The United States' evolving health care quality landscape inspired Telligen, the Quality Innovation Network-Quality Improvement Organization (QIN-QIO) serving Iowa, Illinois and Colorado, to look outside the hospital system for new care perspectives. The organization has fostered relationships among members of local communities to convene leaders from across multiple care domains. More than ever, pharmacists are integral to these new networks.
"Because pharmacy and medication are intrinsically linked, and medication is central to health care, pharmacists are well positioned to impact every stage of care."
“Because pharmacy and medication are intrinsically linked, and medication is central to health care, pharmacists are well positioned to impact every stage of care,” said Katy Brown, Pharm.D., Clinical Pharmacy Specialist at Telligen.
Despite this link, the health care quality improvement field only recently has recognized the impact of pharmacists on the patient experience. Telligen strives to incorporate pharmacists’ perspectives into care initiatives and highlight how their work is meaningful to patient outcomes.
Pharmacists are poised to be influencers, noted Brown, and many of them are already well connected within their own communities. They also hold one of the most trusted professions in the U.S, according to a 2014 Gallup poll. She said they have a strong passion for improving care, but they cannot do it alone. That’s where QIN-QIOs can help.
“They already have a vision of how they can improve outcomes for their patients,” Brown said. “So we’re helping bring the appropriate people to the table as needed. We have data to help them place a value on their work.”
In 2014, an Iowa City outpatient pharmacist requested Telligen’s assistance in building a coalition to expand the reach of medication safety and adherence initiatives. Telligen acted as a convener and consultant for the team of inpatient and community pharmacists, offering guidance on quality improvement principles. Within one month, the group successfully documented 2,000 interventions that took place as a result of its efforts.
This year, the coalition plans to test the Iowa Health Information Network (IHIN), a hub that facilitates sharing of secure electronic patient information. The team will evaluate the service and determine how sharing health information with community providers impacts outcomes.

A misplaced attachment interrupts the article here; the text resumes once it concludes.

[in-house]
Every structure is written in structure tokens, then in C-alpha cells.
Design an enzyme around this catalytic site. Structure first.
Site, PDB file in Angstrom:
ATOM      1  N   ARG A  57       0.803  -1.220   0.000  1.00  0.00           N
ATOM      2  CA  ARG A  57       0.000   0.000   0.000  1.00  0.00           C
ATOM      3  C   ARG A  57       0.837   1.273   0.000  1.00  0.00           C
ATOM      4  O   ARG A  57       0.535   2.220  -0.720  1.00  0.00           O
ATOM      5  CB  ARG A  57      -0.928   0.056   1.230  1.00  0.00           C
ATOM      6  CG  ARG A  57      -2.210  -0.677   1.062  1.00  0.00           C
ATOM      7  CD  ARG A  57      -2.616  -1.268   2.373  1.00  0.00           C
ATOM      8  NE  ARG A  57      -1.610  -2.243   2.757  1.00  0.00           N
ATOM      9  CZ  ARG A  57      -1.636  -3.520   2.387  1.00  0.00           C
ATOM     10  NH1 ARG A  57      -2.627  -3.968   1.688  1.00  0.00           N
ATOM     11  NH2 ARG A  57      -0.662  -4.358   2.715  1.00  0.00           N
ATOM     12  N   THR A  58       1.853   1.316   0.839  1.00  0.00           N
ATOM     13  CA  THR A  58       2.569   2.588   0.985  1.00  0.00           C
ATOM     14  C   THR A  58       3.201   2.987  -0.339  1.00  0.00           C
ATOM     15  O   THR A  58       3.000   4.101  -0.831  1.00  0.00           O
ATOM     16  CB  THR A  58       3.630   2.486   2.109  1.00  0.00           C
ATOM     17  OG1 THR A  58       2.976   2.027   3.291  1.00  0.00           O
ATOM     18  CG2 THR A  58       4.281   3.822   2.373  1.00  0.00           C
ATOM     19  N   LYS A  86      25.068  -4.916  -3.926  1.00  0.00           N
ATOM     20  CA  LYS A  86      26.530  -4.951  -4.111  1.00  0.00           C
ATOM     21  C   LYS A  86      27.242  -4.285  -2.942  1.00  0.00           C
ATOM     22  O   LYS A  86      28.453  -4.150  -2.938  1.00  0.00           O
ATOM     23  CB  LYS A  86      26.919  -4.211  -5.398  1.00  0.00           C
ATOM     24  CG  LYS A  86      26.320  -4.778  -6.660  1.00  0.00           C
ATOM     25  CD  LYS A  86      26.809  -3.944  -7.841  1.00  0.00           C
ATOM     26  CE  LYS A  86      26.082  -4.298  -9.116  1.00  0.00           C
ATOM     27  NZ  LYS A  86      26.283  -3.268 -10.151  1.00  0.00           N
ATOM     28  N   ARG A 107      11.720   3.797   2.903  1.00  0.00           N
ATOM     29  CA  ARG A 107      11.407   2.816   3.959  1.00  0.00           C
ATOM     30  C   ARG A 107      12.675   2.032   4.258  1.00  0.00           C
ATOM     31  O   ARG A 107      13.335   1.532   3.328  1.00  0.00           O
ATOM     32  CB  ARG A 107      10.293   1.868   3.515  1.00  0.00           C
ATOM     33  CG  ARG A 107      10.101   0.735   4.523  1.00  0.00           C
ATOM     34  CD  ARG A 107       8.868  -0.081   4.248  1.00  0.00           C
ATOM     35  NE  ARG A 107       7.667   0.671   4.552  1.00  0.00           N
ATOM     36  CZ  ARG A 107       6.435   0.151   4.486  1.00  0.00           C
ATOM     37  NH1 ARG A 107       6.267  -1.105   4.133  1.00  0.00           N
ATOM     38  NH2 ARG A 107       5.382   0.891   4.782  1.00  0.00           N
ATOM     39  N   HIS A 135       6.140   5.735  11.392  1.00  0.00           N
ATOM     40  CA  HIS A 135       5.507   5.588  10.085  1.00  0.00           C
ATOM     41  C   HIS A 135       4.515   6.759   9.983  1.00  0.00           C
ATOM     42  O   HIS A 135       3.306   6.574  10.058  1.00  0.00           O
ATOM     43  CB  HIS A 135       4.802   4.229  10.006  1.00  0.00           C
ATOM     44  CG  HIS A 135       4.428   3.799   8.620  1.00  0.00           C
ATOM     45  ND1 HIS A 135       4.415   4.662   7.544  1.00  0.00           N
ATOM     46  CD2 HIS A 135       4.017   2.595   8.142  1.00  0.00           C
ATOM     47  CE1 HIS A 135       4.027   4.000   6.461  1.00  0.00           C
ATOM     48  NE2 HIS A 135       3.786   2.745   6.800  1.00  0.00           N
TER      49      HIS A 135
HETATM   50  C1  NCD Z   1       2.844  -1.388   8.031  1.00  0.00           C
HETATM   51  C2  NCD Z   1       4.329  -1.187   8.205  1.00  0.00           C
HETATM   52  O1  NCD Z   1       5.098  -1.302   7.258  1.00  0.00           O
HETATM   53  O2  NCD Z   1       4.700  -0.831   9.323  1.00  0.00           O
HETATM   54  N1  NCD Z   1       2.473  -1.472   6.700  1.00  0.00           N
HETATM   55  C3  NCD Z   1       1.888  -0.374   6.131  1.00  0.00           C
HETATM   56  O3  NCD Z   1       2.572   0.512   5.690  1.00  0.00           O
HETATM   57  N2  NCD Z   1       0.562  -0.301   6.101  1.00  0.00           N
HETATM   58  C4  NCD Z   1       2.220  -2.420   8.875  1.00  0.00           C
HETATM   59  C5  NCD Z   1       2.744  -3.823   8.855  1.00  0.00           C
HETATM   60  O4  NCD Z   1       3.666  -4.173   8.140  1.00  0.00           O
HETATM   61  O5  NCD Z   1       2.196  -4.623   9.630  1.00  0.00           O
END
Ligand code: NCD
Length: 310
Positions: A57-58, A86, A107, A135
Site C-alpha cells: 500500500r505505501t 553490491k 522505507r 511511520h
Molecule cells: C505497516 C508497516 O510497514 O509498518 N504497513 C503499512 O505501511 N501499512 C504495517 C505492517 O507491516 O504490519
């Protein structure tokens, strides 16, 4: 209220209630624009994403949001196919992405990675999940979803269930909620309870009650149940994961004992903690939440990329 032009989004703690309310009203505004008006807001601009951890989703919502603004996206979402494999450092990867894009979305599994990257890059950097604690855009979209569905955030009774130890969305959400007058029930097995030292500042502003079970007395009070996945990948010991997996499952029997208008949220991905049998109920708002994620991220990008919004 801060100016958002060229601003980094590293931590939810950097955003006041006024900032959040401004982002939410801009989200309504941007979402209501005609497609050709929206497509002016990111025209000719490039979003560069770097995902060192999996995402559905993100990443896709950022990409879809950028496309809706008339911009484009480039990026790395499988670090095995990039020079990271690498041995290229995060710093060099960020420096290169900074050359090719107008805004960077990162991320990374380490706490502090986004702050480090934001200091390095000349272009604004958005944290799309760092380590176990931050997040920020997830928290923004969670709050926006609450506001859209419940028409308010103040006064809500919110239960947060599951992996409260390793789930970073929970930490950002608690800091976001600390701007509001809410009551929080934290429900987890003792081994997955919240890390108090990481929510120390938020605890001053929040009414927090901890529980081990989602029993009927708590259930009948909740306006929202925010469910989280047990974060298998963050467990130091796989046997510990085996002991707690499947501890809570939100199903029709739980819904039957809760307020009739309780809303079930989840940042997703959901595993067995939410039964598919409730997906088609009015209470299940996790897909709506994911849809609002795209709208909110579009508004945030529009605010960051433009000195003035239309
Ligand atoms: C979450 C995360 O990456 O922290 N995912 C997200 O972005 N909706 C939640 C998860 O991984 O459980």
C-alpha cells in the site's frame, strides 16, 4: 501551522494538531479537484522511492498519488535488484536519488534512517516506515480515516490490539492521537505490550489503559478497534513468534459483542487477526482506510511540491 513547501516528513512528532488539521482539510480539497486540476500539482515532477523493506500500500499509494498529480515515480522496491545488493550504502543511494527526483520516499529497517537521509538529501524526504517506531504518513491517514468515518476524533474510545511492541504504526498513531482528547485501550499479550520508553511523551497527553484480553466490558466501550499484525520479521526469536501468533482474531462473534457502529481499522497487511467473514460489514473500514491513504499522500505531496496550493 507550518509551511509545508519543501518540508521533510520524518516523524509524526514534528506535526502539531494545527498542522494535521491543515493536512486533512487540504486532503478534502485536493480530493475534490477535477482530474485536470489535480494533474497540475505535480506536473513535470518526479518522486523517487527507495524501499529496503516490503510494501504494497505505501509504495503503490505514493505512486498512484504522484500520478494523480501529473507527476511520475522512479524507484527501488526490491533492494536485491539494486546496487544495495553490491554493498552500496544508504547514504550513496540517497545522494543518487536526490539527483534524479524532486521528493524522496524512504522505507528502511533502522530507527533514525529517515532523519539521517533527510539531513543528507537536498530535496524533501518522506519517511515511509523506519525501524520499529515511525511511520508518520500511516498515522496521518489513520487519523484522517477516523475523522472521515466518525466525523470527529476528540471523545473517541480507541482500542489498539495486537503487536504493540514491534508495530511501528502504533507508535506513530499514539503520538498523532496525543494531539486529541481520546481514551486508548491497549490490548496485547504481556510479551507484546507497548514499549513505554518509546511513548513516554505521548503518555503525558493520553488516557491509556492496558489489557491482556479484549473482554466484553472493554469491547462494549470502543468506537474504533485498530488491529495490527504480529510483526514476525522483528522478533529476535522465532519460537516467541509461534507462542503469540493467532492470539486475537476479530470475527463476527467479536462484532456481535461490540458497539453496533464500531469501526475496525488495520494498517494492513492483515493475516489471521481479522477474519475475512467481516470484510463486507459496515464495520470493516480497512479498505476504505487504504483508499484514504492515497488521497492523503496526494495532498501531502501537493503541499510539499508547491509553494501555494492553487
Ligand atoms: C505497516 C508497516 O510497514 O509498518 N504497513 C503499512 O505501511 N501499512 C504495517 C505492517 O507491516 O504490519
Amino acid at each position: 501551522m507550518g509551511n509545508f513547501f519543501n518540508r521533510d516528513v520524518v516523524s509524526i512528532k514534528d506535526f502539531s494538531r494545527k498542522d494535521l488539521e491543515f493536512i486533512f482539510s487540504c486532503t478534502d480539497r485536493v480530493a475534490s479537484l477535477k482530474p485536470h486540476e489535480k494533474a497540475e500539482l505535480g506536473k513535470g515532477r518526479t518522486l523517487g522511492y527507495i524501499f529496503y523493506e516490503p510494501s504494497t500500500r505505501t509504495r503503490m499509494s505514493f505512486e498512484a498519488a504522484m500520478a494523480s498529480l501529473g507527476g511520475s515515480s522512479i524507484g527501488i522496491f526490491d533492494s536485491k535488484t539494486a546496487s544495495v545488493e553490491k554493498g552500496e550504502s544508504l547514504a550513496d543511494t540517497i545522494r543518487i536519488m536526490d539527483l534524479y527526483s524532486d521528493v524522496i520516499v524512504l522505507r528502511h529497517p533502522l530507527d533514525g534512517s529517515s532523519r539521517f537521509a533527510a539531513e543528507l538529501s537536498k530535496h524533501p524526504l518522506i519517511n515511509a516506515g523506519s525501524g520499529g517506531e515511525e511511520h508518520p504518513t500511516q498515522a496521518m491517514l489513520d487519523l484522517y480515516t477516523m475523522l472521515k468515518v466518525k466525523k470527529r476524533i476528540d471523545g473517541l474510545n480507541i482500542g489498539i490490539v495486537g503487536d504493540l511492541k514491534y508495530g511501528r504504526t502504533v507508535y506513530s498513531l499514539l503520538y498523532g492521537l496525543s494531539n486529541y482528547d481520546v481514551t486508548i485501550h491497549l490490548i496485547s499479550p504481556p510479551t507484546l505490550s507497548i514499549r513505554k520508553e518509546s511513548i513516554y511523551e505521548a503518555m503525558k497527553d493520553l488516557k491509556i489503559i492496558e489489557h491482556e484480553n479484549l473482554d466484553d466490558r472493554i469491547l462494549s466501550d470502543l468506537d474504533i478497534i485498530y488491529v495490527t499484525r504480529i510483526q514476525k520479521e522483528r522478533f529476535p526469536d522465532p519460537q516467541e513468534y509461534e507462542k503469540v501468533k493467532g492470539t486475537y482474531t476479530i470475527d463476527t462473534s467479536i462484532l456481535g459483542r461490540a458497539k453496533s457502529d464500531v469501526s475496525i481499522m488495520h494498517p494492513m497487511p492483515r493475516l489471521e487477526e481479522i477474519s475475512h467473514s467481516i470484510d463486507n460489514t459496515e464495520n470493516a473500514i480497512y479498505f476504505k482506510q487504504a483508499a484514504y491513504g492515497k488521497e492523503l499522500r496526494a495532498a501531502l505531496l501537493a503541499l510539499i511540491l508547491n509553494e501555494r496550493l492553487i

This shift to a new leadership model is partially attributable to recent health care reforms under the Affordable Care Act and other mandates. The implementation of the Impact Act of 2014 and the introduction of CMS’ Hospital Readmissions Reduction Program have resulted in more health care providers having a stake in avoiding financial penalties associated with high readmission rates.
Kate LaFollette, RN, Senior Quality Improvement Facilitator at Telligen, noted that up to 40 percent of hospital readmissions are medication-related, so mitigating adverse drug events alone could dramatically decrease readmissions in many cases.
However, reducing these events can’t be done by an inpatient pharmacy alone. LaFollette noted that because hospital visits are infrequent for most people, a patient’s information is out of date once they leave the hospital. By contrast, community pharmacies are more likely to have the most current information.
“We spend most of our time in our communities, which is why the community pharmacist’s role is so important,” LaFollette said.
She added that community pharmacists are often the only common factor in a patient’s care regimen. Patients may receive multiple prescriptions from several different physicians through a single pharmacy. Often it is the pharmacist who intervenes, if necessary, by facilitating communication among providers. LaFollette and Brown observed that these collaborative interventions can play an active role in improving patient outcomes and reducing costs related to sub-optimal medication use and adverse drug events.
Telligen believes that with pharmacists at the intersection of care, a pharmacist-led, networked approach is vital to the future of quality improvement. The QIN-QIO plans to continue supporting new relationships and encouraging innovative leaders at the community level.
Brown and LaFollette emphasized that their work is an official acknowledgement of the work pharmacies already do rather than a push to add to pharmacists’ responsibilities. They aim to underscore the value that pharmacists have been bringing to health care for decades and to create a community-wide process that empowers them and illuminates the importance of pharmacies.
“Pharmacists make interventions all the time,” said Brown. “We’re bringing to light how much of an impact they have on the community.”